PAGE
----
Key Features in the Atmos Cloud-Building Package

By Chris Preimesberger  |  Posted 2008-11-10 Print this article Print

Designed for Web 2.0 and Internet companies, telecoms and other large-scale enterprises, Atmos centralizes storage management and automates placement of information globally in real time. The new package uses high-end scalability and next-generation, policy-driven management controls to enable the automation and management of data in global cloud-storage environments.

EMC has launched its first cloud-building platform.

EMC's Atmos hardware/software/services package offers massive storage capacity and scalability with policy-based information management software to automatically distribute information anywhere, in real time.

The Atmos storage system is available starting Nov. 10 in 120TB, 240TB and 360TB configurations.

Other features include:

  • Object metadata and policy-based information management capabilities, which combine to drive the intelligent placement of information and corresponding services.
  • Advanced information management services, including replication, versioning, compression, deduplication and disk drive spin-down.
  • Web service APIs, including REST and SOAP, as well as file-based access to provide convenient integration to virtually any application.
  • Advanced features such as auto-managing and auto-healing capabilities, unified namespace, and browser-based administrator tools for increased efficiency at a global scale.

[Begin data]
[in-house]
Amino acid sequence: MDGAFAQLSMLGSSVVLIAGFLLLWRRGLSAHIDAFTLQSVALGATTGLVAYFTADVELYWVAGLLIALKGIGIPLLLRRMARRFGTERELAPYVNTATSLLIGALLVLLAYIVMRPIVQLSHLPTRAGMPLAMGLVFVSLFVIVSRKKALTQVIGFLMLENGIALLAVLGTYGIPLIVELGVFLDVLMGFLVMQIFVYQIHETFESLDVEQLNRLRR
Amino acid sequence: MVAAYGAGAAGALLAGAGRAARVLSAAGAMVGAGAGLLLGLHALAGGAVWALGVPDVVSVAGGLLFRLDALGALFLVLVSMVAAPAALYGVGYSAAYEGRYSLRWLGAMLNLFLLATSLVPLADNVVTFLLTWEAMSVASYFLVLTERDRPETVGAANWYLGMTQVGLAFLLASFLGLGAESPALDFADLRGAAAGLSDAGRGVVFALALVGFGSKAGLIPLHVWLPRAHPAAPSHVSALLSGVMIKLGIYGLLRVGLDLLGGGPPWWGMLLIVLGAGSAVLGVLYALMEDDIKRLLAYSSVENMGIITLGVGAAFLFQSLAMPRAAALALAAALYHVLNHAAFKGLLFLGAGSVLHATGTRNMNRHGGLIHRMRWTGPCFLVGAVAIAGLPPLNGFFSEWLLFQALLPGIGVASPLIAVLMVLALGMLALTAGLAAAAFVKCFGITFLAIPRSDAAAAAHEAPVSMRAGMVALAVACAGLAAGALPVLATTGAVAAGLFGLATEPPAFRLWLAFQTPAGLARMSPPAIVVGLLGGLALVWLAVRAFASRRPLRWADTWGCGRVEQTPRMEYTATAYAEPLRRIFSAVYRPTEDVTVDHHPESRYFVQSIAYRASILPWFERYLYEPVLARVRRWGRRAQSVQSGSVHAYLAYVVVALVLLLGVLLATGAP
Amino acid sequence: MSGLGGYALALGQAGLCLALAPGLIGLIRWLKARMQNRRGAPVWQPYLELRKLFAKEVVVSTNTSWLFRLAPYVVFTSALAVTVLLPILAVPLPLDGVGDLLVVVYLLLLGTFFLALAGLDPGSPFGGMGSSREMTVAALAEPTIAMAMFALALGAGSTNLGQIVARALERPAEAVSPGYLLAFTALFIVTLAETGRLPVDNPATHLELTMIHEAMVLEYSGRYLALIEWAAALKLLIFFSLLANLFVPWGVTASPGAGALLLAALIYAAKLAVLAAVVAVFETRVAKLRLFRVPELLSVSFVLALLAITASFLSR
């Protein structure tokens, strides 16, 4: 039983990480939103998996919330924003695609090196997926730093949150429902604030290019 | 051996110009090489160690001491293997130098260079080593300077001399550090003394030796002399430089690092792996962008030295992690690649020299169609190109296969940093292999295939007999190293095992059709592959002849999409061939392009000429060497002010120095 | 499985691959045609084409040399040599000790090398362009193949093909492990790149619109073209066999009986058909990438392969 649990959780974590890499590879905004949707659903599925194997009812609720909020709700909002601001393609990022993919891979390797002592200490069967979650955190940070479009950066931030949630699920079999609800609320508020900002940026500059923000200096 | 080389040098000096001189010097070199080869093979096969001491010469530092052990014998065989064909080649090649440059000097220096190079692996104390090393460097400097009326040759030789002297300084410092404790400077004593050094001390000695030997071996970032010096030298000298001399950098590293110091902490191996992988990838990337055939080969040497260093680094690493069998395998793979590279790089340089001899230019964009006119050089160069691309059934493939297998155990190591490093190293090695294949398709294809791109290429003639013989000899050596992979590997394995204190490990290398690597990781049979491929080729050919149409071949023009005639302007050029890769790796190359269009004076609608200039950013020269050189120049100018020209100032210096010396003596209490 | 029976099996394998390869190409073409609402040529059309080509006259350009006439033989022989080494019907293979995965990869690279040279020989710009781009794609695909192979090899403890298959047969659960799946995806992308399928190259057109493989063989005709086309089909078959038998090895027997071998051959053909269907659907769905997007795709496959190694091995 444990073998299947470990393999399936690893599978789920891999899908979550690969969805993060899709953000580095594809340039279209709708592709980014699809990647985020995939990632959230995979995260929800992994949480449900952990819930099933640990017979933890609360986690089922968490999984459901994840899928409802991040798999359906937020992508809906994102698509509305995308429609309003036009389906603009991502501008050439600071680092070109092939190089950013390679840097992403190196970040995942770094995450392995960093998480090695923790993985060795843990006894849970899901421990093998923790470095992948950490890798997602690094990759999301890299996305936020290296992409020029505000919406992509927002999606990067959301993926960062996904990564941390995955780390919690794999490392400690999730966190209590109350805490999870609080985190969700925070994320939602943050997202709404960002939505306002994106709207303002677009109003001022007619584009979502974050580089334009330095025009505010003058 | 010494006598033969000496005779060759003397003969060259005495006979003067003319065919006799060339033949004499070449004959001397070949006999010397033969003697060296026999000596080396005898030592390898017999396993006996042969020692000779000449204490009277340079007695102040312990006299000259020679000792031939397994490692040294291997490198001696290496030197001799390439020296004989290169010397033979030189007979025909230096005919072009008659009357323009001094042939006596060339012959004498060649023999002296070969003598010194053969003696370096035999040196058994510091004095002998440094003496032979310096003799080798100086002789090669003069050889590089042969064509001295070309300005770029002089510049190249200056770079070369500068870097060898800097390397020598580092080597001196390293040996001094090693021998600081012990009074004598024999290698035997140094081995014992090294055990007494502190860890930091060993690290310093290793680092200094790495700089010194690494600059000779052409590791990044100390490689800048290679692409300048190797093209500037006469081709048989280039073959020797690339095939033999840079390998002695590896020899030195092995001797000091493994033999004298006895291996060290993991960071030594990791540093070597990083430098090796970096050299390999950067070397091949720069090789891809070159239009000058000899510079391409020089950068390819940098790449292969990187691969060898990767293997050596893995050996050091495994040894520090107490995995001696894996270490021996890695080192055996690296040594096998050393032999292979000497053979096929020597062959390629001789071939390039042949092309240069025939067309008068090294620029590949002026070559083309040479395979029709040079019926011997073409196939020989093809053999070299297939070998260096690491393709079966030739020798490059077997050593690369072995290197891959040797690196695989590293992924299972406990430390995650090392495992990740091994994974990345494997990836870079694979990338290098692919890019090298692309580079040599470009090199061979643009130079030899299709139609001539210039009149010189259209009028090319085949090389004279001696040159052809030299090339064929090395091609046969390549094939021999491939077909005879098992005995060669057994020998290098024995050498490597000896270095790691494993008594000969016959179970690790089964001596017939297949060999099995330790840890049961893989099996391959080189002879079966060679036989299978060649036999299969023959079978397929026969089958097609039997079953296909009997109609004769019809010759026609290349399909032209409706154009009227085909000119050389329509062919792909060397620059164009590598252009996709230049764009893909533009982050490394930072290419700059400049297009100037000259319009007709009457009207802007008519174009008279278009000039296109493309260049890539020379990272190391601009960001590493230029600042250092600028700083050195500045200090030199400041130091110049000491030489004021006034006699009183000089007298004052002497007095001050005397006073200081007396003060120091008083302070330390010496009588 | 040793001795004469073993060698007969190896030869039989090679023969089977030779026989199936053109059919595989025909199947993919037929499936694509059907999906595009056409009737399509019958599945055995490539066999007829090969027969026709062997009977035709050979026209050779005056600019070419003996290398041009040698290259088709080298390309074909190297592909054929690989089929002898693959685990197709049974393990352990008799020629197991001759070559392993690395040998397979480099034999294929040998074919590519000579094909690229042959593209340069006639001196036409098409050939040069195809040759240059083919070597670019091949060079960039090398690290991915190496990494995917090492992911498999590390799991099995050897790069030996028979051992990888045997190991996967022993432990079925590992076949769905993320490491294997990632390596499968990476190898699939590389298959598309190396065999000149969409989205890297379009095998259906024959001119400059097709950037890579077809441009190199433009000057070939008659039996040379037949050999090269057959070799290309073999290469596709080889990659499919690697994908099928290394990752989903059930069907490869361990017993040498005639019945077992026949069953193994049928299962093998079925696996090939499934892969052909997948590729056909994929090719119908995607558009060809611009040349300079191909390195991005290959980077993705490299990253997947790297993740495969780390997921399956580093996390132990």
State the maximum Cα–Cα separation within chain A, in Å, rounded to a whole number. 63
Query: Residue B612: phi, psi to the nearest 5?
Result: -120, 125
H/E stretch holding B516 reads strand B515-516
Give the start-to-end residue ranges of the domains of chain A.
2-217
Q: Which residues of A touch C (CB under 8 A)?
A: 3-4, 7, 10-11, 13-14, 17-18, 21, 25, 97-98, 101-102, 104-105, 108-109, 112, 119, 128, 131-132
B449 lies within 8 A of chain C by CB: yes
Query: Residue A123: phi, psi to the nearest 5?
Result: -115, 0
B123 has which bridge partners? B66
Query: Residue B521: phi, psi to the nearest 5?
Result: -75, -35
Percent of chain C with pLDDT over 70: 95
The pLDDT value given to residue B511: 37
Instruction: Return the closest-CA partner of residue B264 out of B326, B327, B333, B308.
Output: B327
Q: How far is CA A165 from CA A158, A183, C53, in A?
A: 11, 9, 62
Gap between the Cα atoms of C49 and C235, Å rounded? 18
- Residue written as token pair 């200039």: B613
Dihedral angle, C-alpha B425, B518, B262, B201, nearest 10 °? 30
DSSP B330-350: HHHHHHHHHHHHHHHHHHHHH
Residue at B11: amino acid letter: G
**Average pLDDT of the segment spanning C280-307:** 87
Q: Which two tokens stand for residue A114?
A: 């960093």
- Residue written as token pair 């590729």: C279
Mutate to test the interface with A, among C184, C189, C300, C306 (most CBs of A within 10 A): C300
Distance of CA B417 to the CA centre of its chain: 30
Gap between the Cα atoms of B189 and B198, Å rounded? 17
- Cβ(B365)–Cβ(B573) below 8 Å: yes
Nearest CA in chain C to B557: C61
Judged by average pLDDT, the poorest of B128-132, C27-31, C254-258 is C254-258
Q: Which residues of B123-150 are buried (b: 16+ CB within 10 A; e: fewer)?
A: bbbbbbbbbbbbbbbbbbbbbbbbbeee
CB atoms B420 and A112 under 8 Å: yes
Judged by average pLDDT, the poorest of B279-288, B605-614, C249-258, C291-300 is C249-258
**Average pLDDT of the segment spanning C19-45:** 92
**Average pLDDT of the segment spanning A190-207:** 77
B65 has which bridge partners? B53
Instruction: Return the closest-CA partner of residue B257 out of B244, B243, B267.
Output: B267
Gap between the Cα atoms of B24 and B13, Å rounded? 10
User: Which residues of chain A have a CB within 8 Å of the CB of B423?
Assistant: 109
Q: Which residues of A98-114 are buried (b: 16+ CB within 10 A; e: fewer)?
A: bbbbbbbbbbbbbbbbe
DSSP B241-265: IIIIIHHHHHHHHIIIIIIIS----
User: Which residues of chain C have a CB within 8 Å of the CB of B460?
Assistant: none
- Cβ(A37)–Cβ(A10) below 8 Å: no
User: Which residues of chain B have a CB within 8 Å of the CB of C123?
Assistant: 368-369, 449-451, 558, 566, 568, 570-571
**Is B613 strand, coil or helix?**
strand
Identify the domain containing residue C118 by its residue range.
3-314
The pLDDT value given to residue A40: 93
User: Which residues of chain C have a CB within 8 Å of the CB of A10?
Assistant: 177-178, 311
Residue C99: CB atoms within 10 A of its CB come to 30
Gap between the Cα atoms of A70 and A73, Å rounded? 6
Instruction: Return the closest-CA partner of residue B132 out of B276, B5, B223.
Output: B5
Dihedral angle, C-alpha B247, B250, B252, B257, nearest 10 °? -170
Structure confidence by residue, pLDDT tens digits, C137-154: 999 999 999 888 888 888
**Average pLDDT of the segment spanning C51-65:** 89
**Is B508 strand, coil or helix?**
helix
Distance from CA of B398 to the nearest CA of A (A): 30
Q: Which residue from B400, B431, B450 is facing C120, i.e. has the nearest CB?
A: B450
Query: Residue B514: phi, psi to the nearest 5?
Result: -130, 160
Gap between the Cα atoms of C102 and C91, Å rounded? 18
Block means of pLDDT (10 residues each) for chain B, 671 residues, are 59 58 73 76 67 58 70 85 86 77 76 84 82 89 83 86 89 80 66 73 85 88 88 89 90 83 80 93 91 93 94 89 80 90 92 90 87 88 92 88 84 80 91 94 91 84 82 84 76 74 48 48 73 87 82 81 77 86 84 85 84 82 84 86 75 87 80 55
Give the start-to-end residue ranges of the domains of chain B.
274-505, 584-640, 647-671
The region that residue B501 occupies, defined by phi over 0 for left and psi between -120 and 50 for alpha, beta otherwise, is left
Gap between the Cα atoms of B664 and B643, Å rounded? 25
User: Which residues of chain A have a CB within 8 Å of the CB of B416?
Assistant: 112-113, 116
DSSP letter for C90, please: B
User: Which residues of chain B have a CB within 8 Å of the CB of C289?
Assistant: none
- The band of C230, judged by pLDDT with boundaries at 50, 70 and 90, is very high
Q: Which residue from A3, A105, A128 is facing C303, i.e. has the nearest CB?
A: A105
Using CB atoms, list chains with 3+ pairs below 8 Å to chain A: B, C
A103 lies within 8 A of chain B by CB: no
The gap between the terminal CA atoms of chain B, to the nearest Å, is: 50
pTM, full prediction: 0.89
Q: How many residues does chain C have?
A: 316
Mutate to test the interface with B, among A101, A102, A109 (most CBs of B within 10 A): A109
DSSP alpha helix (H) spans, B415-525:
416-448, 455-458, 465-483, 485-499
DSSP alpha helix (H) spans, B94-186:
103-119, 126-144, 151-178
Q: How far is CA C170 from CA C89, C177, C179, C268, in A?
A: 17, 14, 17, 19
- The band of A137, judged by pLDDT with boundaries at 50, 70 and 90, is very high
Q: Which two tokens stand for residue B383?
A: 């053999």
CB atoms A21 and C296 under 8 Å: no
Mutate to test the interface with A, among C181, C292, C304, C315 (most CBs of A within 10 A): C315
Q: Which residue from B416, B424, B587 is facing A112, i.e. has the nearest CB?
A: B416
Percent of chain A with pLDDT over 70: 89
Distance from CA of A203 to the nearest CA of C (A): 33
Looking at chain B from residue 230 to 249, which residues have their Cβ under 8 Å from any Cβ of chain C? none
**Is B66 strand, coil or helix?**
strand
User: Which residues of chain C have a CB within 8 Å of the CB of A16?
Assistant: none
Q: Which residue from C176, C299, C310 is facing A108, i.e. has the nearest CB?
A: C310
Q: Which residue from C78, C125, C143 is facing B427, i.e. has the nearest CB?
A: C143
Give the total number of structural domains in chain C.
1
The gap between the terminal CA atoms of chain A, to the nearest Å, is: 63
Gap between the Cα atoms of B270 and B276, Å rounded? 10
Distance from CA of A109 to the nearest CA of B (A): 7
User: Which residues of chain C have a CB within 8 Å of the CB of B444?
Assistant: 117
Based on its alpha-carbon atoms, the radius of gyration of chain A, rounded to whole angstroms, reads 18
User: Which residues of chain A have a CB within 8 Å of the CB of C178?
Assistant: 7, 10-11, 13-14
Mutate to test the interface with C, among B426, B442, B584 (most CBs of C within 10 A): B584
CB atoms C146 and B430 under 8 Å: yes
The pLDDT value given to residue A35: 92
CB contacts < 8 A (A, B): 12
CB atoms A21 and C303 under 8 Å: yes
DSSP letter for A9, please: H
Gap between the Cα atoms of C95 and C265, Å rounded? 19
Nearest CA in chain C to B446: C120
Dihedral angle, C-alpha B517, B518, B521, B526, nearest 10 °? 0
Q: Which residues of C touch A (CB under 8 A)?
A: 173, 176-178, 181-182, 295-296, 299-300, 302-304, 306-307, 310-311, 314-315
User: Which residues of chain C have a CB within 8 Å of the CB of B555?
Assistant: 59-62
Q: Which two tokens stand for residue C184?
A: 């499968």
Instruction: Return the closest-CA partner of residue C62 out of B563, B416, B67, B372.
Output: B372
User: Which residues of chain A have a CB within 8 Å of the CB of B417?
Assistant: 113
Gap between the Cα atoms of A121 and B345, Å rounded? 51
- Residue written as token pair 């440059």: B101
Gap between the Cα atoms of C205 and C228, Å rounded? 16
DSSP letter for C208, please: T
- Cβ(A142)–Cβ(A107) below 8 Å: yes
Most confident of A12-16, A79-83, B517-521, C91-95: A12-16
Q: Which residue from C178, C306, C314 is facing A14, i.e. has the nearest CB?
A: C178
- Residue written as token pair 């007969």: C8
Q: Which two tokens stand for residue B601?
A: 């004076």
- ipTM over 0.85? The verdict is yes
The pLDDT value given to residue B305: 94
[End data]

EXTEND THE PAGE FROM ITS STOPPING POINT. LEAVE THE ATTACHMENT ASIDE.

• Multitenant support enabling multiple applications to be served from the same infrastructure. Each application is securely partitioned, and data is neither comingled nor accessible by other tenants. This feature is ideal for large enterprises providing cloud services for multiple customers or departments within large enterprises.

Pricing information was not disclosed by EMC.

Chris Preimesberger Chris Preimesberger was named Editor-in-Chief of Features & Analysis at eWEEK in November 2011. Previously he served eWEEK as Senior Writer, covering a range of IT sectors that include data center systems, cloud computing, storage, virtualization, green IT, e-discovery and IT governance. His blog, Storage Station, is considered a go-to information source. Chris won a national Folio Award for magazine writing in November 2011 for a cover story on and CEO-founder Marc Benioff, and he has served as a judge for the SIIA Codie Awards since 2005. In previous IT journalism, Chris was a founding editor of both IT Manager's Journal and and was managing editor of Software Development magazine. His diverse resume also includes: sportswriter for the Los Angeles Daily News, covering NCAA and NBA basketball, television critic for the Palo Alto Times Tribune, and Sports Information Director at Stanford University. He has served as a correspondent for The Associated Press, covering Stanford and NCAA tournament basketball, since 1983. He has covered a number of major events, including the 1984 Democratic National Convention, a Presidential press conference at the White House in 1993, the Emmy Awards (three times), two Rose Bowls, the Fiesta Bowl, several NCAA men's and women's basketball tournaments, a Formula One Grand Prix auto race, a heavyweight boxing championship bout (Ali vs. Spinks, 1978), and the 1985 Super Bowl. A 1975 graduate of Pepperdine University in Malibu, Calif., Chris has won more than a dozen regional and national awards for his work. He and his wife, Rebecca, have four children and reside in Redwood City, Calif.Follow on Twitter: editingwhiz

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